Building A Security Control Baseline “Step-by-Step”

Article By Lon J. Berman, CISSP

In the last issue of RMF Today and Tomorrow, we walked through the System Categorization process step-bystep. Now that we’ve categorized our system, let’s take a look at the steps for creating a Security Control Baseline.

Step 1: Create Initial Control Set

Your System Categorization defines the initial set of Security Controls for your baseline. NIST SP 800-53 is the source of the controls themselves, but it is CNSSI 1253 that lists the controls that are applicable to your particular categorization level.

For example, suppose your system is categorized as Confidentiality-Moderate, Integrity-Moderate, Availability-Low. Using Table D-1 in CNSSI 1253, you can readily determine the controls and control enhancements that will comprise your initial control set. Each row in the table that contains an “X” or a “+” under one or more of your three categorization levels belong in your control set.

Step 2: Apply Overlays

Security Control Overlays have been developed for several “communities of interest,” including classified systems, intelligence systems, space platforms, and privacy systems. If your system meets one or more of these criteria, you’ll need to carefully read and apply each element of the overlay to your initial control baseline. Overlays typically add numerous new controls or control enhancements to the baseline, and also provide supplemental guidance for various controls.

Overlays are published on the CNSS website, www.cnss.gov.

Note that if you are using an automated tool such as eMASS (Enterprise Mission Assurance Support Service), these first two steps can be accomplished by “checking the boxes” for your system categorization levels and applicable overlays.

Step 3: Apply Scoping Guidance

Once you have a control set with any applicable overlays, you are in a position to review each of the controls to see if any of them are Not Applicable to your system. For example, some of the technical controls refer to specific technologies you may not be using. Note that any control deemed Not Applicable should be accompanied by appropriate justification.

Step 4: Supplement the Control Set

Perhaps your system employs unique technologies or exists in an environment containing unique threats. In such cases, consider adding security controls to your baseline to ensure appropriate safeguards are implemented.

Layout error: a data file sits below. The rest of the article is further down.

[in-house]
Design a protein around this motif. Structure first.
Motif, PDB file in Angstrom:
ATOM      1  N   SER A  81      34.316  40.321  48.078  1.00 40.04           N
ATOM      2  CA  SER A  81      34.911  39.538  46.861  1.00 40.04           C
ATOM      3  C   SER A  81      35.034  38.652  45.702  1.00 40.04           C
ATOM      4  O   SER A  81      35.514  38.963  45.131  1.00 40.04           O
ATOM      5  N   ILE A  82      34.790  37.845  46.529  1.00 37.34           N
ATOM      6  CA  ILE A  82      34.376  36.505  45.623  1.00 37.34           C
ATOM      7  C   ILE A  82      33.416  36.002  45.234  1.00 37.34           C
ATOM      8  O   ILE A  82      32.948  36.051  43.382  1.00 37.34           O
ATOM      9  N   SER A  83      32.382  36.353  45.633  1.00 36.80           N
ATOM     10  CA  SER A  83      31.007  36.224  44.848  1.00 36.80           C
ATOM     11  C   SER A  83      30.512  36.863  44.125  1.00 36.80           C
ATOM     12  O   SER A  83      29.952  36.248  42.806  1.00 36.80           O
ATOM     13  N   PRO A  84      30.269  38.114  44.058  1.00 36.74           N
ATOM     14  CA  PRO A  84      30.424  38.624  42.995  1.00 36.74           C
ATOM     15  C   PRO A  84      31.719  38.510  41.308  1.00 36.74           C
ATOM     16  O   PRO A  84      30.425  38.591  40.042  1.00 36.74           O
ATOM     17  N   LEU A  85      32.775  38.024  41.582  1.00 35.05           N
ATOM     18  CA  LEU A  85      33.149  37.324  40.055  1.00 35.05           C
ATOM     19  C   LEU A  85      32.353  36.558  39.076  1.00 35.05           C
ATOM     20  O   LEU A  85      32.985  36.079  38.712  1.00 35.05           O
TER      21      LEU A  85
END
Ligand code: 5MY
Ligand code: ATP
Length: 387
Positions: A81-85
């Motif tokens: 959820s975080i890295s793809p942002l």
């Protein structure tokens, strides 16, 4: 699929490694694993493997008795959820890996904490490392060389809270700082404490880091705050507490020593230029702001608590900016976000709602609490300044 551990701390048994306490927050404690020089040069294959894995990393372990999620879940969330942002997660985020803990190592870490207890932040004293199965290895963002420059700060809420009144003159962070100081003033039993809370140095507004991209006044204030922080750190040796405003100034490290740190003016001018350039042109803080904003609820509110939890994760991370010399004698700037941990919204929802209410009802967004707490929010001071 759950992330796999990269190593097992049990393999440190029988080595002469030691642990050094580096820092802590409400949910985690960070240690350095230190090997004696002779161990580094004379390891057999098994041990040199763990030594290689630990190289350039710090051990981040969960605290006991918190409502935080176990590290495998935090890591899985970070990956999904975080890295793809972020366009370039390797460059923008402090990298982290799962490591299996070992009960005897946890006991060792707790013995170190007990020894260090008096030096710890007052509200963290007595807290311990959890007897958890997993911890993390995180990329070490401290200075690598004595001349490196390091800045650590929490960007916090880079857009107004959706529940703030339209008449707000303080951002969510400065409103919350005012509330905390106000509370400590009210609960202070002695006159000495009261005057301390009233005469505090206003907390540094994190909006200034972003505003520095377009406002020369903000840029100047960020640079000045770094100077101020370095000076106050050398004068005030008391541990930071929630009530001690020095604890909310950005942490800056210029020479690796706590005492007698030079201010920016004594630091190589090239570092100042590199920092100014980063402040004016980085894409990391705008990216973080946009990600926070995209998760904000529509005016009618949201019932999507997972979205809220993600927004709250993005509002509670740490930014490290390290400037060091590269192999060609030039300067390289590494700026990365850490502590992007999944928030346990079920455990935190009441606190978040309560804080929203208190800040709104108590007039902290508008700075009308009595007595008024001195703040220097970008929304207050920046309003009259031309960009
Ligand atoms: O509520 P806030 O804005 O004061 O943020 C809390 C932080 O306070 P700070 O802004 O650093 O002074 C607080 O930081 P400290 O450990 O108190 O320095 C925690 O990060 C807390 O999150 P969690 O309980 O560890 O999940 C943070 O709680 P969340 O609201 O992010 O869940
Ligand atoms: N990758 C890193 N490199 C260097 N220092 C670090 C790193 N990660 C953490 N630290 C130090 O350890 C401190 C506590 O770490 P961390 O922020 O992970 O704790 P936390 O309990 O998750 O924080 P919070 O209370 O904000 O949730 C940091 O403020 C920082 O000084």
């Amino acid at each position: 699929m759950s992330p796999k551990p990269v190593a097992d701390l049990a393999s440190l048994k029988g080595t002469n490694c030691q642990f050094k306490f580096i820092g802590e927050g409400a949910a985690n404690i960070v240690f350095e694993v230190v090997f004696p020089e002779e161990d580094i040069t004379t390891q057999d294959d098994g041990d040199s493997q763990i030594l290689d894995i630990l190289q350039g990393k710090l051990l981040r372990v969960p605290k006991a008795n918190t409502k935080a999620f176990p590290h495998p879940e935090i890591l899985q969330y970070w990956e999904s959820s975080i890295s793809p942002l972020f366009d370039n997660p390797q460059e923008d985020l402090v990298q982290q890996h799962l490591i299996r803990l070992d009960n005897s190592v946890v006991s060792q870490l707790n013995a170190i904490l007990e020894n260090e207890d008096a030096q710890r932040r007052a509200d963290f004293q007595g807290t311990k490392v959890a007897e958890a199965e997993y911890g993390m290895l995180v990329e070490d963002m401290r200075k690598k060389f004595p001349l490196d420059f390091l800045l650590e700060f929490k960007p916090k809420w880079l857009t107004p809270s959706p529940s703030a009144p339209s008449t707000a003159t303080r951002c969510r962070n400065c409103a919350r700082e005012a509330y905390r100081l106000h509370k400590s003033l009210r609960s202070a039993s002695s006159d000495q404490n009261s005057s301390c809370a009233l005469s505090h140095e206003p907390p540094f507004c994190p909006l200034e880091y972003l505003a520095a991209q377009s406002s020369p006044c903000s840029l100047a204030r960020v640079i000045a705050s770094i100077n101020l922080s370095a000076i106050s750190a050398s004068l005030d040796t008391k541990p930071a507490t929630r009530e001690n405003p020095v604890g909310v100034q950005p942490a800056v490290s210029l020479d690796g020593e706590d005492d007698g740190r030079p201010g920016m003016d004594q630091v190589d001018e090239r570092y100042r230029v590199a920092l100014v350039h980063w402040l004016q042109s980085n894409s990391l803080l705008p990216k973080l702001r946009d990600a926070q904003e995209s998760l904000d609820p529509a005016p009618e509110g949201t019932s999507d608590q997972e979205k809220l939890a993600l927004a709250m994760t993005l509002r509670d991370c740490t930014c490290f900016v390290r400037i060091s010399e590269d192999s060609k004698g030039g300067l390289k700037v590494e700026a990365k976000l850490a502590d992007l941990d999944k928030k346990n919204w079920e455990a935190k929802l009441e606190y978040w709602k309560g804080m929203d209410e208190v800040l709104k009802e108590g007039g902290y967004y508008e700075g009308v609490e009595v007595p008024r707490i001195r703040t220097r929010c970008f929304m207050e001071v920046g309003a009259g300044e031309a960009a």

Fortunately, NIST SP 800-53 contains numerous Security Controls that are not in any of the “standard” baselines. Rather, they are intended for use, if needed, to address unique technologies or threats.

The ideal way to identify those areas requiring control set supplementation is to conduct an initial risk assessment of your system.

Step 5: Determine Organization-defined Values

As you examine the security controls in your nearly completed baseline, you’ll see that many of them are really not 100% complete. They are replete with “blanks” that need to be filled in with what are called “organization-defined values”. For example, security control CM-6 states:

The organization:

a. Establishes and documents configuration settings for information technology products employed within the information system using [Assignment: organizationdefined security configuration checklists] that reflect the most restrictive mode consistent with operational requirements;

b. Implements the configuration settings;

c. Identifies, documents, and approves any deviations from established configuration settings for [Assignment: organization – defined information system components] based on [Assignment: organization-defined operational requirements]; and

d. Monitors and controls changes to the configuration settings in accordance with organizational policies and procedures.

It is up to the System Owner to “fill in” each of the bracketed items with the actual values for the system.

In some cases, DoD will provide a “default” for an organization-defined value. This is often the case with numerical parameters like frequencies for review of policies and procedures. The general rule of thumb is that system owners are free to provide their own value, so long as it “equals or exceeds” the DoD-specified “minimum.”

Step 6: Document Results

If automated tools like eMASS are in use, generating a System Security Plan report will provide documentation of the full Security Control Baseline. As is the case for the System Categorization, the System Owner should be prepared to brief the Authorizing Official (AO) on the Security Control Baseline if requested.

IT Dojo offers a comprehensive course on the transition from DIACAP to RMF.  Please take a look at our RMF training courses here.

Here is a link to a great book on RMF that we highly recommend.

A ton of other information can be found on the NIST web site.